I start off by proposing that my love for the photojournalist is so consuming that I have to shut it down. But I can tell by how inauthentic it sounds when I say it out loud that I’m wrong.

First of all, why does it take my narrating my life like a story to recognize anything at all?

And secondly, why am I so afraid of the truth?

The photojournalist disappointed me last night. And when I say that, I don’t mean because of his actions or words or behavior, exactly. I mean, unfortunately, his entire essence.

The photojournalist wants to be adored and worshipped by me. And because we’ve done such a fabulous job of not being too fixed, I’ve been able to do just that.

But then last night he went and wanted to be known, not in the way we’ve been knowing each other, which has been so airy and cold and free. He wanted to open up to me in this forcibly claustrophobic way, and told me all sorts of ordinary things about his life that he thought would bring us closer.

And it was devastating, because I was not the least interested.

He told me about old lovers as though they were stories rife with complexity, and all I kept thinking was, “He’s got nothing on me.”

I expected so much more from him.

And then it was made a thousand times worse by the fact that he so grossly misinterpreted my boredom as to call it jealousy.

I don’t like being told by others what my experience is.

No, I actually really do. But only when they’re right.

And he’s wasn’t. Which meant he wasn’t seeing me at all.

And somehow, I found that disgusting.

I stayed awake the entire night trying to figure out how to clean up the mess he’d created. He slept, and I was able to find him beautiful in that repose, which helped. But then he woke up and started confidently talking as though he knew me again and it was worse than ever.

“He took it for granted that I’d be fascinated by him,” I tell my ex. “And I wasn’t.”

When we hit upon this truth my voice actually breaks. It’s the worst thing I can possibly imagine.

To my surprise, my ex actually begins laughing. It starts out small and stifled, but soon he can’t hold back.

“You’re so funny,” he chortles.

Which is an unusual blessing, in that it enables me to step outside of my tiny experience.

And before I know it I join him in laughing at the absurdity of who I am.

I feel my face loosen, my eyes, my heart, my whole being. Notice for the first time I am sitting in a parking lot downtown in an evening dress from the night before with just-been-fucked hair, bemoaning a problem that’s actually pretty insignificant.

“You don’t have intimacy issues, you just don’t like people,” my ex tells me, when our laughter settles.

“They disappoint me,” I correct him.

“Because you build them up too high. Admit it. You do this. You want everyone to be more than they actually are, and no one can meet your expectations.”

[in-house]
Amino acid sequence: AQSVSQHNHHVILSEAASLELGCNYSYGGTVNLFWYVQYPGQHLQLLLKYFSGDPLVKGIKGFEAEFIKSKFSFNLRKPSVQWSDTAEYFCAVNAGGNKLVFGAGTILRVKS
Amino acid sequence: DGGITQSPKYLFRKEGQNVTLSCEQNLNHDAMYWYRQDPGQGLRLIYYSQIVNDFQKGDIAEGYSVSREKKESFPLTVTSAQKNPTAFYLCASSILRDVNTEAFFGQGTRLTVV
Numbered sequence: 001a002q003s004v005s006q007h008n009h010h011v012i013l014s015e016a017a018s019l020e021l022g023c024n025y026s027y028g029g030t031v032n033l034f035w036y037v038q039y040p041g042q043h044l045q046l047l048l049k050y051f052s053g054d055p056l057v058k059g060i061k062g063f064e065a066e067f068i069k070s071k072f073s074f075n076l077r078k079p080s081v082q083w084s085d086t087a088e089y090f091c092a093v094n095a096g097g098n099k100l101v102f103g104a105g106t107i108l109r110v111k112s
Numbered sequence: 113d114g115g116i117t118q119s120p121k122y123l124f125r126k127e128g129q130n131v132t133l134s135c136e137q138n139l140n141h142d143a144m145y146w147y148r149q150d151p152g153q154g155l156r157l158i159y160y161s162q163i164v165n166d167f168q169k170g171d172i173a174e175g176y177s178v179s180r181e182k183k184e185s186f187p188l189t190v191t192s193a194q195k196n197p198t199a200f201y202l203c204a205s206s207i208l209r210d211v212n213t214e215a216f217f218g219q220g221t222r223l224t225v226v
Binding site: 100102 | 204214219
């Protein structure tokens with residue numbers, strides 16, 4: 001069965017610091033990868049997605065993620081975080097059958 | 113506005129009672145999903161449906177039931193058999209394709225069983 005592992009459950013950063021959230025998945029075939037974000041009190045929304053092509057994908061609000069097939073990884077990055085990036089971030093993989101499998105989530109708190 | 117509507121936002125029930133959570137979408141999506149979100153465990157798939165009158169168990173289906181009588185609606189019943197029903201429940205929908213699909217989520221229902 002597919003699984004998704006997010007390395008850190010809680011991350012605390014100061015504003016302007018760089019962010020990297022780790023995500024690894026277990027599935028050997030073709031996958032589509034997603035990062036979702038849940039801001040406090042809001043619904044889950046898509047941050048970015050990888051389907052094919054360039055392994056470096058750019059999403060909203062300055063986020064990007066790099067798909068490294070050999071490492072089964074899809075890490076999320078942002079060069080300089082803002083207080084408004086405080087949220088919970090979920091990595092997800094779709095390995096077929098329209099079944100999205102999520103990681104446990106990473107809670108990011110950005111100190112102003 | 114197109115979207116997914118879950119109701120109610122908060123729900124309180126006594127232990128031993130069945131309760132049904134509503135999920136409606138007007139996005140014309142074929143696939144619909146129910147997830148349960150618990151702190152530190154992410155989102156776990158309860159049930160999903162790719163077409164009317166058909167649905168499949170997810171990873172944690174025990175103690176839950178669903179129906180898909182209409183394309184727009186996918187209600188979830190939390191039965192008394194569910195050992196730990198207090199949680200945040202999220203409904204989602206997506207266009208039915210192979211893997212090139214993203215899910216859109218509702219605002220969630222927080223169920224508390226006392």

Maybe yes. Maybe no.

Maybe if I were to map my expectations out more clearly, someone could meet them.

My ex surely has this morning, the effortless result of my asking him to stay on the phone.

I’m a very fortunate woman, and losing myself isn’t nearly what I thought it was.

It doesn’t happen when I fall in love.

It happens when I go along with an inaccurate story that’s being written about me. When what I might ought do, in this case at least, is simply take the pencil and erase the parts the photojournalist has got wrong.

“Give it another go,” I could say.

And if he’s willing to stretch his imagination enough to make that attempt, there might be something there.

I’ve never nakedly admitted to myself after I’ve fallen in love with a man that maybe his perception of me is just too narrow. And I’m surprised by how heartbreaking that felt for a moment.

Yet, just like that, it passed. I’m very nearly back to feeling airy and cold and free, so I walk to a nearby cafe and buy myself an iced coffee with my sunglasses on, joyful in feigning ignorance about my appearance.

“Next time,” I offer to the photojournalist by text, just to try it on, “let’s make better mistakes.”

“Deal,” he texts back.


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dressing down


He says some of the most ridiculous things I’ve never heard.

Like when I show up in the low, black corset, a willful adaptation of the woman my mother wanted me to be.

And I get, “Oh my god. Who is the retarded nanny that dresses you?”

Maybe I’m supposed to be offended. But it’s far too funny a comment for that.

So instead I laugh lustily.

And it feels so good, comes so effortlessly.

Meanwhile, he continues to be troubled, which only heightens my amusement.

“Seriously,” he says, after a spell. “Take that off. I’m too empathetic to be able to handle it. I feel completely suffocated just looking at you.”

Is it wrong that I like making him feel that way?

He’s got an act that I’m not even sure is an act.

And then I’ve got one, too, that answers it.

An act that leaves enough room for me to be tough and smart, for once.